Moore Park Nature Reserve
With its stand of black bean rainforest, Moore Park Nature Reserve offers a rare glimpse of nature alongside the opportunity to picnic and enjoy birdwatching.
Read more about Moore Park Nature Reserve
Walking into the depths of the subtropical rainforest at Moore Park Nature Reserve gives you an idea of what much of the Northern Rivers region must have been like when it was home to the Githabul people. Now, this is one of the largest remaining stands of black bean and silky oak in the entire area.
From October to May, look up into the dense canopy, because this is the maternity ward for thousands of flying foxes. During the summer, you can even see the mothers with their offspring clinging tightly to them. Be quiet though, because they shouldn’t be disturbed. Birdwatchers might also spot rainforest pigeons, including the brilliantly plumaged rose-crowned fruit doves, as well as black bitterns and bush hens.
The picnic area, beside Richmond River, is a cool and peaceful place for a lunch or a barbecue.
For the latest updates on fires, closures and other alerts in this area, see https://www.nationalparks.nsw.gov.au/visit-a-park/parks/moore-park-nature-reserve/local-alerts
- in the North Coast region
Moore Park Nature Reserve is always open but may have to close at times due to poor weather, flooding or fire danger.
02 6632 0000
Contact hours: Monday to Friday, 8.30am to 4.30pm.
- 136 Summerland Way, Kyogle NSW 2474
- Kyogle office
All the practical information you need to know about Moore Park Nature Reserve.
Getting there and parking
- Travel north, about 14km, along Summerland Way through Wiangaree
- Continue north on the Summerland Way another 12km to the intersection with Findon Creek Road at Old Grevillea
- Travel north along Findon Creek Road about 1km to the picnic area. There is a carpark immediately before the bridge over Richmond River
- Moore Park picnic area See on map
Check out the Bicycle information for NSW website for more information.
By public transport
Public transport is not available.
Best times to visit
There are lots of great things waiting for you at Moore Park Nature Reserve. Here are some of the highlights.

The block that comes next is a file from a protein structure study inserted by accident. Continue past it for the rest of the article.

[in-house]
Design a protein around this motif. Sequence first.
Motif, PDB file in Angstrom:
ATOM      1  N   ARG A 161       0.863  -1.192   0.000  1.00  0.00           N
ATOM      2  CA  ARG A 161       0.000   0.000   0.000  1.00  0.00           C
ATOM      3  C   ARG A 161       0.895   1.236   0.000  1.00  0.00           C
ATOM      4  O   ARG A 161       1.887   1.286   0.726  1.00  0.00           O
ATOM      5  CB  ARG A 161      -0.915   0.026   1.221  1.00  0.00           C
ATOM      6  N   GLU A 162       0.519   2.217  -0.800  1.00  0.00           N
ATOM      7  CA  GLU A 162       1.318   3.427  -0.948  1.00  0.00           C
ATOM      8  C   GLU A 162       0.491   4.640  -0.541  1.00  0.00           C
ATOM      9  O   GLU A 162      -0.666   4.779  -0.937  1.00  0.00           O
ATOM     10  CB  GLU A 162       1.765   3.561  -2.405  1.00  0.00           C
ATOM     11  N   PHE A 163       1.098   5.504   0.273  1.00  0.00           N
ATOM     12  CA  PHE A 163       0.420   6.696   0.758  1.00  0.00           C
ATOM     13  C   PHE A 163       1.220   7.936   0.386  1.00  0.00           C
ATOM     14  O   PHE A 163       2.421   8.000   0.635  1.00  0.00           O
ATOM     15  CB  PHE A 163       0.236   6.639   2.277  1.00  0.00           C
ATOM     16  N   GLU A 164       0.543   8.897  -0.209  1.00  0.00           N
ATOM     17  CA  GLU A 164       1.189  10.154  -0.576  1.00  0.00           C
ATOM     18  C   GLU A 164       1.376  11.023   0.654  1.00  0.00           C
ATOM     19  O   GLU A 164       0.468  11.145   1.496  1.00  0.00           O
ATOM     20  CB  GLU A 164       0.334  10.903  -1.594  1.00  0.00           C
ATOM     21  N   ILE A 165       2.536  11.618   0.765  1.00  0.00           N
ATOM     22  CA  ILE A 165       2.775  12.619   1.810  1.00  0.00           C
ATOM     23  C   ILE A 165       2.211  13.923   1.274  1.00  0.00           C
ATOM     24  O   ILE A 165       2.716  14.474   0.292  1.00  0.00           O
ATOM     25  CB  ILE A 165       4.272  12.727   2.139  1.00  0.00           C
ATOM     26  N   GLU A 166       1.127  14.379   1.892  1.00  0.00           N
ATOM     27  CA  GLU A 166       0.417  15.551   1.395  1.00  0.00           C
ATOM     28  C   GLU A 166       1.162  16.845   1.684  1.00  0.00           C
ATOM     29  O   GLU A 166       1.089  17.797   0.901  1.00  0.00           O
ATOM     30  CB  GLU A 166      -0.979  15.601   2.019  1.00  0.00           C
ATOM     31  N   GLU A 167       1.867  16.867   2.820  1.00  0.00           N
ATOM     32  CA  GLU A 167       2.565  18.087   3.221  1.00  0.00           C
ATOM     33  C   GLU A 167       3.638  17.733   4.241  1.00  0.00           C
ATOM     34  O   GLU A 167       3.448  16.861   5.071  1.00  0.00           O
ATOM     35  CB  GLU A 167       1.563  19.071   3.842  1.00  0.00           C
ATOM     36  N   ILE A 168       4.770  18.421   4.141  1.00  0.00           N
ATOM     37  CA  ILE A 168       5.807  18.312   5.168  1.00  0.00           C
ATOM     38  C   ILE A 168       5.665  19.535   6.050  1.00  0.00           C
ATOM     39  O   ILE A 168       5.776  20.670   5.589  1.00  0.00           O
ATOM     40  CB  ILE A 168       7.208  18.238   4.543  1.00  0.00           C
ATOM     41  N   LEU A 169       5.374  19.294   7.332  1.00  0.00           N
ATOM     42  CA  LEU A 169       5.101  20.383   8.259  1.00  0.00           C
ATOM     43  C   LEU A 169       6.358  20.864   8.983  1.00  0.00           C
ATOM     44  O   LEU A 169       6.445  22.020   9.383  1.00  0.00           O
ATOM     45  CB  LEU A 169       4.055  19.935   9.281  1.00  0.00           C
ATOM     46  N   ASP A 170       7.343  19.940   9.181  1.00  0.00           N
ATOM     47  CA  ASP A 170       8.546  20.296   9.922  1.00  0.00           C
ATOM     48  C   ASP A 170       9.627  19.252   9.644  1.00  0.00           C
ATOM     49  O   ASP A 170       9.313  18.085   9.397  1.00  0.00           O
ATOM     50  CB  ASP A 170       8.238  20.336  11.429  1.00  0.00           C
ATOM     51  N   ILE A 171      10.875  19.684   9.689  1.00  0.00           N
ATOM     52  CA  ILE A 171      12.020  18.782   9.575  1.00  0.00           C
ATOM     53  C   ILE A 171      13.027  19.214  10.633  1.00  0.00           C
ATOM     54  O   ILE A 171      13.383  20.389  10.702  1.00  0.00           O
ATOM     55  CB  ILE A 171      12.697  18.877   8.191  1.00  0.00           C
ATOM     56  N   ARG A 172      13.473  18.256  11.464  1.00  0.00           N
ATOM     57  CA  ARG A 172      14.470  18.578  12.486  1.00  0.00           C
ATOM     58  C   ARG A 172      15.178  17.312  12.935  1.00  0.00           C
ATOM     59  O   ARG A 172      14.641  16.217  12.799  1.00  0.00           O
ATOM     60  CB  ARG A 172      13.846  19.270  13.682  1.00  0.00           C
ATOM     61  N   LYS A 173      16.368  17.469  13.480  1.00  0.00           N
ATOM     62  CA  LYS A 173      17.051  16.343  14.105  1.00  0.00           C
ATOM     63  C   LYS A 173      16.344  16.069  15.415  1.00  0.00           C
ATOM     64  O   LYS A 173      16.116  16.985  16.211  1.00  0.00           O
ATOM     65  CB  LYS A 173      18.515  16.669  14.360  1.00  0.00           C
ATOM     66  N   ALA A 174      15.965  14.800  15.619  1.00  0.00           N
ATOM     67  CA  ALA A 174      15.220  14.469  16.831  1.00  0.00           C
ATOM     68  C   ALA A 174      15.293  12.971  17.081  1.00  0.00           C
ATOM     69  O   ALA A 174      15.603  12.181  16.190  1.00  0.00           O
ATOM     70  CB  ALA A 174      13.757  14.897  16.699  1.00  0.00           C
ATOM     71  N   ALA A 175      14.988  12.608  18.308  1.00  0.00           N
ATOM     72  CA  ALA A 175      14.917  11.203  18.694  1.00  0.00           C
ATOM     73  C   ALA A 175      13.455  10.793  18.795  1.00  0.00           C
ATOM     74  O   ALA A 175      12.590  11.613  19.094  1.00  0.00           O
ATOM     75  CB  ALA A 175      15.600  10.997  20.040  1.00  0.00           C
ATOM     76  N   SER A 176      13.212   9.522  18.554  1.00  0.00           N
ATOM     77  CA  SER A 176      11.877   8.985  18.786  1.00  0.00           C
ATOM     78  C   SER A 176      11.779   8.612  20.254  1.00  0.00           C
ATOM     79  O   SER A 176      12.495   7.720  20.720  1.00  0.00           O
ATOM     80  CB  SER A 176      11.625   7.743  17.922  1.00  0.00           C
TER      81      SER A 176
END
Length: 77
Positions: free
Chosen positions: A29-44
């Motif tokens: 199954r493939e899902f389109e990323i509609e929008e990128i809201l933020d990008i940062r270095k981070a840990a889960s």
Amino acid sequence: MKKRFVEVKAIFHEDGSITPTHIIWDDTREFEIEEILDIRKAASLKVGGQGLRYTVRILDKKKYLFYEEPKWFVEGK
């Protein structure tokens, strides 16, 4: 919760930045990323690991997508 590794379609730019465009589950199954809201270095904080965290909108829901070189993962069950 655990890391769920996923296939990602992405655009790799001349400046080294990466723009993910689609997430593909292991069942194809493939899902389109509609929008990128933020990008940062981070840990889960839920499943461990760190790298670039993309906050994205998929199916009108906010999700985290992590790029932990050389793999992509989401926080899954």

The ripening figs attract numbers of rainforest pigeons.
The silky oaks are in bloom, their gold flowers brightening the forest.
More than 10,000 flying foxes use the reserve as a maternity ward. Please ensure you do not disturb them.
Frosts and fogs hug the forest in the early morning, but once they lift the days are glorious.
Weather, temperature and rainfall
16°C and 29°C
4°C and 20°C
The area’s highest recorded rainfall in one day
Maps and downloads
Kyogle (28 km)
Kyogle is an attractive timber-milling town surrounded by rainforest. It's set on the Richmond River at the base of Fairy Mountain.
Casino (59 km)
Casino is a thriving rural centre in the heart of rich agricultural country. It's set in lush pastures on the banks of the Richmond River.
Murwillumbah (94 km)
Murwillumbah is rich dairy, sugar cane and banana country. It's located on the banks of the Tweed River and set in the Tweed River Valley against a backdrop of rainforest-clad hills.
Moore Park Nature Reserve is a special place. Here are just some of the reasons why:
Even before this park was created in 1989, it was an important place for the local community, who have enjoyed its serenity and scenery for decades. Many families would gather here and hold functions in what is now the picnic area beside the Richmond River. The area remains a popular destination for picnics and bird watching.
Much of the landscape around here would have resembled that of Moore Park Nature Reserve before extensive logging and clearing took place during the 20th century. Now, this 14-hectare reserve represents one of the last remnants of the once much-larger Boyd's Scrub, the most important example of black bean rainforest in the state. Robert J Moore, who was the Kyogle Shire Council president from 1920 to 1936, played a leading role in the council's purchase of what remained of Boyd's Scrub and the reserve is now named in his honour.
This region of northern NSW is the home of the Githabul Aboriginal people, for whom the rainforest was an extremely important source of food. There are several known sacred sites in the Northern Rivers area.
Moore Park Nature Reserve is also a well-known birdwatching area, with species including the tiny varied sittella (also called nuthatches), rose-crowned fruit dove, the barred cuckoo-shrike and the ground-dwelling bush hen. The reserve is also an essential habitat for winged mammals, with both grey-headed flying foxes and endangered black flying foxes raising their young in a canopy nursery from October to May.
Education resources (1)
What we're doing
Moore Park Nature Reserve has management strategies in place to protect and conserve the values of this park. Visit the OEH website for detailed park and fire management documents.